The Kinks, a Rock Band, at Palladium With Two Brand-New Members
The Kinks were at their most glorious at the Palladium Friday evening, offering a performance as charged with revitalized energy as it was rich with memories. The set was far from seamless, but technical perfection was very much beside the point: what mattered was the ferocity with which the group attacked the various challenges at hand.
Two members of the five-man band, Jim Rodford, bassist, and Gordon Edwards, pianist, are brand new. The three other members, Ray and Dave Davies and the drummer Mick Avory, have a lot to live up to, as veterans of the most durable and quixotic of all rock bands. The Kink's career has been long and spotty, but that's what makes their triumphs so gratifying. This was one of those triumphs.
Ray Davies, who sings, writes and wriggles through almost all of the band's material, strode onto the stage dressed very much as he might have in the mid-sixties, looking dapper in a dark suit and bow tie as the band played "You Really Got Me," one of it's oldest hits. It might have been Johnny Carson striding out to the "Tonight Show" theme, so long has Mr. Davies been linked with the song.
He didn't dwell on it, though: instead, he made it a springboard to the present, launching into a version of "Life on the Road" from last year's "Sleepwalker" LP. There have been times when the group needed to rely on old, faithful numbers to get through a concert, songs like "Lola" and "Sunny Afternoon" and "Celluloid Heroes," all of which they performed on Friday. This time the old songs were thrilling and the new ones even more so.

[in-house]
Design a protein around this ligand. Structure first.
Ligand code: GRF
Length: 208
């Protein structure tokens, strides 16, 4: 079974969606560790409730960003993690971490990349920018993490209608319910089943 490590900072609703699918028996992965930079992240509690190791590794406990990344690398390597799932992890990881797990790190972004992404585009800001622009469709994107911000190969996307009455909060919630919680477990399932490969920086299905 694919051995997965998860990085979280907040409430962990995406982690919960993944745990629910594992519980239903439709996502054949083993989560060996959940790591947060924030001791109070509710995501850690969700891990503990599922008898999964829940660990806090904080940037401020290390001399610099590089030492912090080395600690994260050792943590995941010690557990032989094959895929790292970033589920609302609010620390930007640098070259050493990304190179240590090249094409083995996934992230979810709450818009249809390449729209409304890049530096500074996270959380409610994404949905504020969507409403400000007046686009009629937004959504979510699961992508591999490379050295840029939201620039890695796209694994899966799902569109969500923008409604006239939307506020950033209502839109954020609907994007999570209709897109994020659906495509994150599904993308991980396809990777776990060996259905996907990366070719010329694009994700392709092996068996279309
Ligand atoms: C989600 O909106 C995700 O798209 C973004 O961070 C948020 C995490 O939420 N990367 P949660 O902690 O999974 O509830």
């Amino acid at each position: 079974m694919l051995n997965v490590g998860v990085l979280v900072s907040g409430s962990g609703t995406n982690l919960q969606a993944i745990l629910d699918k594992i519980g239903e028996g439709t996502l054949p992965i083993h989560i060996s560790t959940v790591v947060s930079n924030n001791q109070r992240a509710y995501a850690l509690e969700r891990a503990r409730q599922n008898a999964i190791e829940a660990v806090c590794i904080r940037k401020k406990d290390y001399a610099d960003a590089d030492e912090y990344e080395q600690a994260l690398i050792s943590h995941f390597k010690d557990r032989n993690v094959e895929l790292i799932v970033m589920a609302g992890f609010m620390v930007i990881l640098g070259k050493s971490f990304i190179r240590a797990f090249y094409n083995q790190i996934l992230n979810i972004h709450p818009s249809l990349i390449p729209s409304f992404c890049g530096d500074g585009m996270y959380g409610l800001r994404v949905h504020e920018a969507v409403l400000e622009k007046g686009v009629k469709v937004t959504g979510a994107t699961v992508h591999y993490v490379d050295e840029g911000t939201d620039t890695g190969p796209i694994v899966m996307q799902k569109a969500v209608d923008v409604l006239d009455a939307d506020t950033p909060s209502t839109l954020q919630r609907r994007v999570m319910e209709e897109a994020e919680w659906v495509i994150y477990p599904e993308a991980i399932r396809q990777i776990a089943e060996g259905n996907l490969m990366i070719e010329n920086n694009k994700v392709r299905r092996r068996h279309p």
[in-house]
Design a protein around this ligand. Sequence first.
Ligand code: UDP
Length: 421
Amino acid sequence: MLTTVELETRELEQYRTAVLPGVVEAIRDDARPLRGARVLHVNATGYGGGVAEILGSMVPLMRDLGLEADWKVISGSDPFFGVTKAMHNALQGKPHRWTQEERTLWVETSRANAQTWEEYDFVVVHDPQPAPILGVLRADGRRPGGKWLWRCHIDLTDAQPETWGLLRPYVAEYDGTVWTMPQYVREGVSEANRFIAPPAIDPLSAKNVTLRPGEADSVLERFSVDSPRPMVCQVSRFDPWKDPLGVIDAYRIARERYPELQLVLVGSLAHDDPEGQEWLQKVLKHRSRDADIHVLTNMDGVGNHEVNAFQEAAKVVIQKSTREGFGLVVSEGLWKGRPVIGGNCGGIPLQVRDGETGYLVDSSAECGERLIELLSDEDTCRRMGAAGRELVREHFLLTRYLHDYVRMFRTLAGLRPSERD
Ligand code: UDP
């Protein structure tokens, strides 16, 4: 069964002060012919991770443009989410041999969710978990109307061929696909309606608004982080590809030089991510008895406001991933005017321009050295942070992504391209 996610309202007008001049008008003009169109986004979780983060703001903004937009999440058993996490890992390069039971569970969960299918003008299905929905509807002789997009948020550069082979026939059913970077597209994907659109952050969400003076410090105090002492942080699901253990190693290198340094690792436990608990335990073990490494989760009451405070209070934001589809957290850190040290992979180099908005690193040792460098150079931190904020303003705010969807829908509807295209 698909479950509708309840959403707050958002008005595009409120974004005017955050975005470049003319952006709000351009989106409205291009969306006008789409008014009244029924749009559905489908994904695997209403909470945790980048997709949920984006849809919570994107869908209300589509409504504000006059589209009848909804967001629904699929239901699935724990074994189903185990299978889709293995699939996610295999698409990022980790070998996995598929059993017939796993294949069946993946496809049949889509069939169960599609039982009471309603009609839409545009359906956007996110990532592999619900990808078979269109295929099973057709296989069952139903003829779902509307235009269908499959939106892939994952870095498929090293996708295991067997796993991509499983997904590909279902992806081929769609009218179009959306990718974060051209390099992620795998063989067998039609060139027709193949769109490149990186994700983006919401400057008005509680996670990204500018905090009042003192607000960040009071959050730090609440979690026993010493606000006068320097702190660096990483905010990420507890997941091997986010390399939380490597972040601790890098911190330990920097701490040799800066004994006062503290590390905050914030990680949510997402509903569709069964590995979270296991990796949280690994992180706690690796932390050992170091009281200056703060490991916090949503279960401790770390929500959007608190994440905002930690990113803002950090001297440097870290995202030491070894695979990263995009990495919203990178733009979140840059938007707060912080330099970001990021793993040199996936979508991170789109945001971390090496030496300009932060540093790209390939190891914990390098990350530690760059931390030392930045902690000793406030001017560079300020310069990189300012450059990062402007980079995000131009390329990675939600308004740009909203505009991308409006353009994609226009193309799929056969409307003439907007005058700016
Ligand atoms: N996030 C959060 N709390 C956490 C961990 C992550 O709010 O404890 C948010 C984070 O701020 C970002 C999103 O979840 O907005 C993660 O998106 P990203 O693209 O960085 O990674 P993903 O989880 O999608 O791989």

Most of the evening's high points came from the groups wonderful current album, one of their very best, called "Misfits." What made the new numbers work especially well was the care and vigor with which they were juxtaposed with previous ones. When Mr. Davies sang "Waterloo Sunset," arguably his greatest song, he swiftly followed it with "Misfits," which managed to sound not only like an extension of the previous piece but also a heartbreakingly lovely improvement upon it. The surge of new strength and the sheer hopefulness of the moment were positively magical.
The Kinks, particularly Mr. Davies, present themselves as permanent outsiders rather than rock royalty. This generates the kind of intimacy and sympathy that makes Kink's fans a particularly devoted and attentive audience. The crowd was accordingly affectionate in its reception in its reception of two songs by Dave Davies, who figures as a kind of underdog among underdogs, and of Ray's quiet, passionate rendition of "Get Back in the Line," a beautiful song that he seldom performs.
One thing Mr. Davies always runs through is "Alcohol," a blowsy music hall number that remains a crowd pleaser even though the group has long since exhausted its campy possibilities. This time, though, he did it relatively quickly, with a streamlined stylishness that distinguished the entire show. The group's apparent pruning of some of the wearier staples of its repertory was just one more sign of new promise.
Mr. Davies was fiercely animated in blasting out some of the brand new numbers, making songs like "Hay Fever" and especially "Permanent Waves" sound even better than they do on record. As the evening progressed, he grew ever more electrifying where he should have been exhausted, and after a couple of encores he remained on stage, shaking audience members hands, beaming. He had another show to do that same evening, but he looked as though that couldn't possibly tire him. He looked as though he could go on forever.
The New York Times, June 4, 1978